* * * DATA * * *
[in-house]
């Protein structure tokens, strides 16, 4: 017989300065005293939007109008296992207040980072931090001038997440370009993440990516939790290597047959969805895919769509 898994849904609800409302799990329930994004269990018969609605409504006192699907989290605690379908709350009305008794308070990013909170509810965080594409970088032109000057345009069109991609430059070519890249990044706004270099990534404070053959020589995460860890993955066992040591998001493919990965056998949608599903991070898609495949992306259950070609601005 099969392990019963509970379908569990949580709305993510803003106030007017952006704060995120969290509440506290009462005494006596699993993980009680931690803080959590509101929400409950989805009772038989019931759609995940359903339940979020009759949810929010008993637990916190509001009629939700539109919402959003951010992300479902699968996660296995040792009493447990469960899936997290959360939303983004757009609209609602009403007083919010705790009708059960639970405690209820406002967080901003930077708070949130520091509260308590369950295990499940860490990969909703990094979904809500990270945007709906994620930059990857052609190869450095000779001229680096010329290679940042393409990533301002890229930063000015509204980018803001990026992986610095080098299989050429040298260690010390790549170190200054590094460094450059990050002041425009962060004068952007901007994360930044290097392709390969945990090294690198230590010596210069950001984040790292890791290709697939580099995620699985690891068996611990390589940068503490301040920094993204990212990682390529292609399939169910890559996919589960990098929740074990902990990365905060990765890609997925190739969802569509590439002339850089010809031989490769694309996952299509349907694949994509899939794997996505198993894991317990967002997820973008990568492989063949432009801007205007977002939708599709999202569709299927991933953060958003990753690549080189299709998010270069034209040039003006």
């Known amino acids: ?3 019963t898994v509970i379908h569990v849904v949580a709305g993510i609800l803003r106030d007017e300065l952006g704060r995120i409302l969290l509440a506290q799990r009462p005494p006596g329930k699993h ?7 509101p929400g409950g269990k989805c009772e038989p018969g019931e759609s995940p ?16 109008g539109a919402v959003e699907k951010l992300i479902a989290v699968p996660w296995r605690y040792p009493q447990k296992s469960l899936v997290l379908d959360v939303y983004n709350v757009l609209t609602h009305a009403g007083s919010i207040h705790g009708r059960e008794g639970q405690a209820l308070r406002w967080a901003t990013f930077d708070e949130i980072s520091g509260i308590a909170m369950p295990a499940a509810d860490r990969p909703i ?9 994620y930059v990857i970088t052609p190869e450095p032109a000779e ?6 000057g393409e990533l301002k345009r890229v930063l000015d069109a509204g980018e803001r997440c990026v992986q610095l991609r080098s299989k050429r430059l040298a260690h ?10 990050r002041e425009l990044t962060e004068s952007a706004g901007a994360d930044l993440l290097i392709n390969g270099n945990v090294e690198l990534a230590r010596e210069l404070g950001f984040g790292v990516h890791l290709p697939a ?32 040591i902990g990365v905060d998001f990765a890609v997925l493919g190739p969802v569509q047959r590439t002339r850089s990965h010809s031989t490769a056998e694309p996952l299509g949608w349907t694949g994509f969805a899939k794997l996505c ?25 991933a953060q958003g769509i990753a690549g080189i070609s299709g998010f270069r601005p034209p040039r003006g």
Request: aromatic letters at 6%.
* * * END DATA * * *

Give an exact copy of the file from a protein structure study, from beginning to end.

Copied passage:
[in-house]
């Protein structure tokens, strides 16, 4: 017989300065005293939007109008296992207040980072931090001038997440370009993440990516939790290597047959969805895919769509 898994849904609800409302799990329930994004269990018969609605409504006192699907989290605690379908709350009305008794308070990013909170509810965080594409970088032109000057345009069109991609430059070519890249990044706004270099990534404070053959020589995460860890993955066992040591998001493919990965056998949608599903991070898609495949992306259950070609601005 099969392990019963509970379908569990949580709305993510803003106030007017952006704060995120969290509440506290009462005494006596699993993980009680931690803080959590509101929400409950989805009772038989019931759609995940359903339940979020009759949810929010008993637990916190509001009629939700539109919402959003951010992300479902699968996660296995040792009493447990469960899936997290959360939303983004757009609209609602009403007083919010705790009708059960639970405690209820406002967080901003930077708070949130520091509260308590369950295990499940860490990969909703990094979904809500990270945007709906994620930059990857052609190869450095000779001229680096010329290679940042393409990533301002890229930063000015509204980018803001990026992986610095080098299989050429040298260690010390790549170190200054590094460094450059990050002041425009962060004068952007901007994360930044290097392709390969945990090294690198230590010596210069950001984040790292890791290709697939580099995620699985690891068996611990390589940068503490301040920094993204990212990682390529292609399939169910890559996919589960990098929740074990902990990365905060990765890609997925190739969802569509590439002339850089010809031989490769694309996952299509349907694949994509899939794997996505198993894991317990967002997820973008990568492989063949432009801007205007977002939708599709999202569709299927991933953060958003990753690549080189299709998010270069034209040039003006």
């Known amino acids: ?3 019963t898994v509970i379908h569990v849904v949580a709305g993510i609800l803003r106030d007017e300065l952006g704060r995120i409302l969290l509440a506290q799990r009462p005494p006596g329930k699993h ?7 509101p929400g409950g269990k989805c009772e038989p018969g019931e759609s995940p ?16 109008g539109a919402v959003e699907k951010l992300i479902a989290v699968p996660w296995r605690y040792p009493q447990k296992s469960l899936v997290l379908d959360v939303y983004n709350v757009l609209t609602h009305a009403g007083s919010i207040h705790g009708r059960e008794g639970q405690a209820l308070r406002w967080a901003t990013f930077d708070e949130i980072s520091g509260i308590a909170m369950p295990a499940a509810d860490r990969p909703i ?9 994620y930059v990857i970088t052609p190869e450095p032109a000779e ?6 000057g393409e990533l301002k345009r890229v930063l000015d069109a509204g980018e803001r997440c990026v992986q610095l991609r080098s299989k050429r430059l040298a260690h ?10 990050r002041e425009l990044t962060e004068s952007a706004g901007a994360d930044l993440l290097i392709n390969g270099n945990v090294e690198l990534a230590r010596e210069l404070g950001f984040g790292v990516h890791l290709p697939a ?32 040591i902990g990365v905060d998001f990765a890609v997925l493919g190739p969802v569509q047959r590439t002339r850089s990965h010809s031989t490769a056998e694309p996952l299509g949608w349907t694949g994509f969805a899939k794997l996505c ?25 991933a953060q958003g769509i990753a690549g080189i070609s299709g998010f270069r601005p034209p040039r003006g």
Request: aromatic letters at 6%.